We estimated that spontaneous discharge at a spark site occurred, on average, at a rate of 0.007 s−1, or 1:143 s. This estimate was made simply by dividing the observed STOC frequency by the estimated number of spark sites. When we attempted to fit the frequency of spontaneous discharge at a site to a Poisson distribution, there was a small but highly significant deviation from the expected distribution. This deviation can be explained in two ways. First, different sites may discharge with different rate constants. This is similar to the conclusion reached by Gordienko et al. (10) and Bolton and Cannell (2) that there are high-frequency discharge sites in smooth muscle cells. Second, the fact that there are brief bursts of sparks could give rise to a compound Poisson process (21) that departs from a Poisson distribution. (In the latter model, all sites are identical and independent, but whenever a spark discharges, there is a certain probability that a brief burst of 2–4 sparks will occur.) We found no evidence that certain sites tended to burst more than others or that bursting sites had shorter interburst intervals, although we cannot rule this out. Given the present data, it is simplest to postulate that any site may discharge once or else burst each time it discharges. When such bursting behavior was eliminated from consideration, there were very few sites that discharged multiple times (<1 site/2 cells) over our observation period. Thus we favor the second explanation, i.e., the existence of spark bursts at a site, to account for the non-Poisson behavior. This, however, does not negate the existence of the high-frequency discharge sites of Gordienko et al. (10) and Bolton and Cannell (2), which are regions much larger in area than the single-pixel sites examined in the present study. These regions could simply be the result of a high density of identical single-pixel spark sites in one area of the cell. We have found evidence for such a nonuniform spatial distribution of sites in feline esophageal smooth muscle cells (13). Clearly, the kinetics of spark discharge at a site demand further examination in a quantitative fashion.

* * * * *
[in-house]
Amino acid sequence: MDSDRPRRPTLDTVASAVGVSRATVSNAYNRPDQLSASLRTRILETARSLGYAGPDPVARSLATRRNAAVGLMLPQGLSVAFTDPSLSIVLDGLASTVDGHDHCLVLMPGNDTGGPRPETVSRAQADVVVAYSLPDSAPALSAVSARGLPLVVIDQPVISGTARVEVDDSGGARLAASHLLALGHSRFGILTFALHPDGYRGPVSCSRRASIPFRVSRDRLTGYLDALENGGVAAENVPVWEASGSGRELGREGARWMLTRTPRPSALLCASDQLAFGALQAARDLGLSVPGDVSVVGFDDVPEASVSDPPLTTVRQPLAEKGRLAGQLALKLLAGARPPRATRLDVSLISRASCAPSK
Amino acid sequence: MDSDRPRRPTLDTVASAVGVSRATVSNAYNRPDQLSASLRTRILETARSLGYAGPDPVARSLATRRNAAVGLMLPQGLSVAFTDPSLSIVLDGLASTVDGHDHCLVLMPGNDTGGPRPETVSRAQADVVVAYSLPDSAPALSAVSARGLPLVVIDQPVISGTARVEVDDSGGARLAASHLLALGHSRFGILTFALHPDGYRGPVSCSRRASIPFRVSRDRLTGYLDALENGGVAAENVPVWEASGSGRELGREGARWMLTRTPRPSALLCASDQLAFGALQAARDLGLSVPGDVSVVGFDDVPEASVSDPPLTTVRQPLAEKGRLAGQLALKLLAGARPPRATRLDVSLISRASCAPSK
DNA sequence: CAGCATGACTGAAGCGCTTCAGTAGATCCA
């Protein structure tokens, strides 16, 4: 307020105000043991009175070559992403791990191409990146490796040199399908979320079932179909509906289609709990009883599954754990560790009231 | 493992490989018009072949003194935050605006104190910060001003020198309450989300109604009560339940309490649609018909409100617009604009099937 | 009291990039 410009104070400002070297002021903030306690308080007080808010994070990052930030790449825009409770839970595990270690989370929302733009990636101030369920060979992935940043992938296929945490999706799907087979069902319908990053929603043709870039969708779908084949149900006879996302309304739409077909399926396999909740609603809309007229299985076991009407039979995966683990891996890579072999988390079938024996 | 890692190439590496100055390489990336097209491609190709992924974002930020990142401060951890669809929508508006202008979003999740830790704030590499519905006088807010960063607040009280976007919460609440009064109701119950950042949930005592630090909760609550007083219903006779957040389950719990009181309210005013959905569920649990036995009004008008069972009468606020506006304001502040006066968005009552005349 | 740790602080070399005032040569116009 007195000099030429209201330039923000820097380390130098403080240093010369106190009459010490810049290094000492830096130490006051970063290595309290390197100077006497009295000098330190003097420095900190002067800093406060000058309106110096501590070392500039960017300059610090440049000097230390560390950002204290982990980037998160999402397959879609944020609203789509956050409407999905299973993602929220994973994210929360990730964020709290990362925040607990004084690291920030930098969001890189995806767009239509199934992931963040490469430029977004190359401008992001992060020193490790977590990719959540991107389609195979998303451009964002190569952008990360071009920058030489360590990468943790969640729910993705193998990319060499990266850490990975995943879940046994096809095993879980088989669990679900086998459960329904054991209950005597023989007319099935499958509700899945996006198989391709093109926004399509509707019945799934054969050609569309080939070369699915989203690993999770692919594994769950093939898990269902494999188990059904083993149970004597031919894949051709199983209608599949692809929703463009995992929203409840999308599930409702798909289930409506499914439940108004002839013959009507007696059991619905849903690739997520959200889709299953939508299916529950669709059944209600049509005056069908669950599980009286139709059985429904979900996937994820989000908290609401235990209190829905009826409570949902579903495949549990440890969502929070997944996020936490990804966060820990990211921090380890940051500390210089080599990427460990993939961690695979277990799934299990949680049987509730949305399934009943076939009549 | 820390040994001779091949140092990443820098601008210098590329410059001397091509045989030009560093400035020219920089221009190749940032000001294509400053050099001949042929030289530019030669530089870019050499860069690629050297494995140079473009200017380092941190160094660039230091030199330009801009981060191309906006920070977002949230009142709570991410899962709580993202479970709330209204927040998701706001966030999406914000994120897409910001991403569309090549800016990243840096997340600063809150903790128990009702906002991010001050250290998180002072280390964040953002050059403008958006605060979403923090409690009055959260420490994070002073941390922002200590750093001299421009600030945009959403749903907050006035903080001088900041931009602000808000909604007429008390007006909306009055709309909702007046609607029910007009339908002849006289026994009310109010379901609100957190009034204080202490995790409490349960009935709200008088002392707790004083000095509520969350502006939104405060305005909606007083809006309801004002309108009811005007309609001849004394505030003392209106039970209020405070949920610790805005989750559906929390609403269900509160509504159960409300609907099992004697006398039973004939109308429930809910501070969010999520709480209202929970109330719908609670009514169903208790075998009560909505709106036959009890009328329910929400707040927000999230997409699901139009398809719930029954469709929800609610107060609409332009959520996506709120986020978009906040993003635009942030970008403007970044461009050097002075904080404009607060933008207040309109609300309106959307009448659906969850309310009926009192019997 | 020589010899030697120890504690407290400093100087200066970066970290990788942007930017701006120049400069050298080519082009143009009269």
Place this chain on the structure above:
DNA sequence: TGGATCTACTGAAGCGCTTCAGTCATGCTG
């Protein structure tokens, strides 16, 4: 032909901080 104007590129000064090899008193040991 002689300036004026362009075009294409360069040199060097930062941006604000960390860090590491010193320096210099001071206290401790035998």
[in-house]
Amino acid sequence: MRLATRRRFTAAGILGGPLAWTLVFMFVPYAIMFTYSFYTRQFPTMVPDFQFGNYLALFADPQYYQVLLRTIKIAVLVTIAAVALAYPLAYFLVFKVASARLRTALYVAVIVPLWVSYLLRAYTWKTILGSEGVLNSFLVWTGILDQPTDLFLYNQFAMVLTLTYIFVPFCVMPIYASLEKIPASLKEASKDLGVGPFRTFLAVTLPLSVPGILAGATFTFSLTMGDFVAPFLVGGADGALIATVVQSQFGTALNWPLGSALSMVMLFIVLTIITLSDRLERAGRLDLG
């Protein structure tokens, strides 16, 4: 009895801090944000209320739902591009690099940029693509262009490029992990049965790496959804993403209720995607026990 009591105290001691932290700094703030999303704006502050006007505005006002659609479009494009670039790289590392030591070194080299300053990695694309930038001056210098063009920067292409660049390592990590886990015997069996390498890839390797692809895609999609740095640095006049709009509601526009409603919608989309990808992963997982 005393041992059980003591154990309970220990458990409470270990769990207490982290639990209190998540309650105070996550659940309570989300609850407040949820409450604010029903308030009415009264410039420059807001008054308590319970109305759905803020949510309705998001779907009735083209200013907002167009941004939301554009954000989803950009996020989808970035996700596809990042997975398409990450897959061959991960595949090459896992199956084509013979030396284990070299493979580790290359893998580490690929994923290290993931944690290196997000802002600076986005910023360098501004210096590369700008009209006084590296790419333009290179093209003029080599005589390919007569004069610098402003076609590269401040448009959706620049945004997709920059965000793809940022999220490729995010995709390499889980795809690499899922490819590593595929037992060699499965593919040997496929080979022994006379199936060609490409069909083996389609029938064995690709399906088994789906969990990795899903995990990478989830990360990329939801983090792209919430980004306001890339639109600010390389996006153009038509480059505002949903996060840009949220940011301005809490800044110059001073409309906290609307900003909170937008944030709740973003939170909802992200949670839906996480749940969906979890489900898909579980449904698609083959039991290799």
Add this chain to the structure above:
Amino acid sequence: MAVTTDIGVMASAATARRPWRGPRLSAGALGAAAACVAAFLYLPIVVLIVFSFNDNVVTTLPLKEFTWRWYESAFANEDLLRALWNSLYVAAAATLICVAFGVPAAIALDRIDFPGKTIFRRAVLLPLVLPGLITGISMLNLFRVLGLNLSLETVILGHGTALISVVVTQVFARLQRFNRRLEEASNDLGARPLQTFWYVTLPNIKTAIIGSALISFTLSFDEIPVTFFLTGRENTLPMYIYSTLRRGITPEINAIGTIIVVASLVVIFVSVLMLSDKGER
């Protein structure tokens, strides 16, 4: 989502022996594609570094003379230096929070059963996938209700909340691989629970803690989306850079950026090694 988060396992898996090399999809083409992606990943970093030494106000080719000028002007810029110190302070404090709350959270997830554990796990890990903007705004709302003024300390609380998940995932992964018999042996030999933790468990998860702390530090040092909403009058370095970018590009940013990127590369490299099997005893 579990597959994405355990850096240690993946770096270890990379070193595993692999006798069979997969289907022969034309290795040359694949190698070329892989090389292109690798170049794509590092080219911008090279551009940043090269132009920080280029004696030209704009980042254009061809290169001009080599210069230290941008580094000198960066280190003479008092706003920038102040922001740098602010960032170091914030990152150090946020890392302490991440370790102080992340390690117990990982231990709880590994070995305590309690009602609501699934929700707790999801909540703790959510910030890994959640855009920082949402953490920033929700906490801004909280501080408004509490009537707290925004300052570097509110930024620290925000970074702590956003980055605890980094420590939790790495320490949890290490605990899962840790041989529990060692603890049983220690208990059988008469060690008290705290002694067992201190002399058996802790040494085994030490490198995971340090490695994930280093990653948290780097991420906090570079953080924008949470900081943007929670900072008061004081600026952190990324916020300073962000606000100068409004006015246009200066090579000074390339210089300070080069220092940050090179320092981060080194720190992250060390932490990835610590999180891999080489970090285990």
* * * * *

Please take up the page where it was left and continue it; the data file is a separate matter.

The existence of short bursts of two to four sparks within a 2-s period, although infrequent, suggests that the frequency of spontaneous spark generation with the usual 1:100 s interburst is not due to local SR Ca2+ depletion and gradual reaccumulation. If reaccumulation were required for another spark, then it certainly could occur within a second, as evidenced by the bursts, and could not explain an interspark duration of 143 s at a site. Moreover, sites where bursting is detected do not seem to be a distinct population; instead, bursting appears to be a relatively infrequent occurrence that may be a property of all sites (see above).
In summary, in the present study, we have found that sparks sites are heterogeneous in the number of RyR and BK channels and in the coupling ratio between the two, and certain sites are consistently “STOC-less.” The differences in coupling ratio allow us to distinguish certain classes of models for coupling RyR and BK channels in the spark microdomain, as discussed above. By inspection alone or using the spatial extent of the region containing the BK channels activated by a spark, we found the number of spark sites per cell was to be substantially greater than previous estimates of one to four per cell, most likely many hundreds of sites per cell, a finding consistent with morphological reports of an extensive SR in smooth muscle.